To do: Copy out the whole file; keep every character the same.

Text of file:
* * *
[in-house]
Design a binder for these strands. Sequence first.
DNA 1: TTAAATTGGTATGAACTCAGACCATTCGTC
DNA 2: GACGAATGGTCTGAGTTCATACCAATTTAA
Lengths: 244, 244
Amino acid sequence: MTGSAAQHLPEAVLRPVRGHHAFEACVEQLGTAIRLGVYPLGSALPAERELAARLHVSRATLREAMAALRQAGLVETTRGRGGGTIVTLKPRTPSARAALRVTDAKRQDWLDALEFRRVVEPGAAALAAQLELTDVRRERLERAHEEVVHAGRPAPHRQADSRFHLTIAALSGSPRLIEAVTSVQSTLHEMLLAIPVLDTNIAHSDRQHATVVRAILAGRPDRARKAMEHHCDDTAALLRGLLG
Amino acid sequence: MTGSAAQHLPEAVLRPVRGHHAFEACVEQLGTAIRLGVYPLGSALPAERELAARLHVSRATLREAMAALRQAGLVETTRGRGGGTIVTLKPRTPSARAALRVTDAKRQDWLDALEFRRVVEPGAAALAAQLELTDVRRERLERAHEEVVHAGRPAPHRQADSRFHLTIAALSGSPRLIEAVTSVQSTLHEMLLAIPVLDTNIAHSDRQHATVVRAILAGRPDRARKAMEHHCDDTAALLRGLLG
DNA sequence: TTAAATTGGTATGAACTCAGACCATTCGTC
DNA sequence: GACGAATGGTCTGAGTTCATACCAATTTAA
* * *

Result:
[in-house]
Design a binder for these strands. Sequence first.
DNA 1: TTAAATTGGTATGAACTCAGACCATTCGTC
DNA 2: GACGAATGGTCTGAGTTCATACCAATTTAA
Lengths: 244, 244
Amino acid sequence: MTGSAAQHLPEAVLRPVRGHHAFEACVEQLGTAIRLGVYPLGSALPAERELAARLHVSRATLREAMAALRQAGLVETTRGRGGGTIVTLKPRTPSARAALRVTDAKRQDWLDALEFRRVVEPGAAALAAQLELTDVRRERLERAHEEVVHAGRPAPHRQADSRFHLTIAALSGSPRLIEAVTSVQSTLHEMLLAIPVLDTNIAHSDRQHATVVRAILAGRPDRARKAMEHHCDDTAALLRGLLG
Amino acid sequence: MTGSAAQHLPEAVLRPVRGHHAFEACVEQLGTAIRLGVYPLGSALPAERELAARLHVSRATLREAMAALRQAGLVETTRGRGGGTIVTLKPRTPSARAALRVTDAKRQDWLDALEFRRVVEPGAAALAAQLELTDVRRERLERAHEEVVHAGRPAPHRQADSRFHLTIAALSGSPRLIEAVTSVQSTLHEMLLAIPVLDTNIAHSDRQHATVVRAILAGRPDRARKAMEHHCDDTAALLRGLLG
DNA sequence: TTAAATTGGTATGAACTCAGACCATTCGTC
DNA sequence: GACGAATGGTCTGAGTTCATACCAATTTAA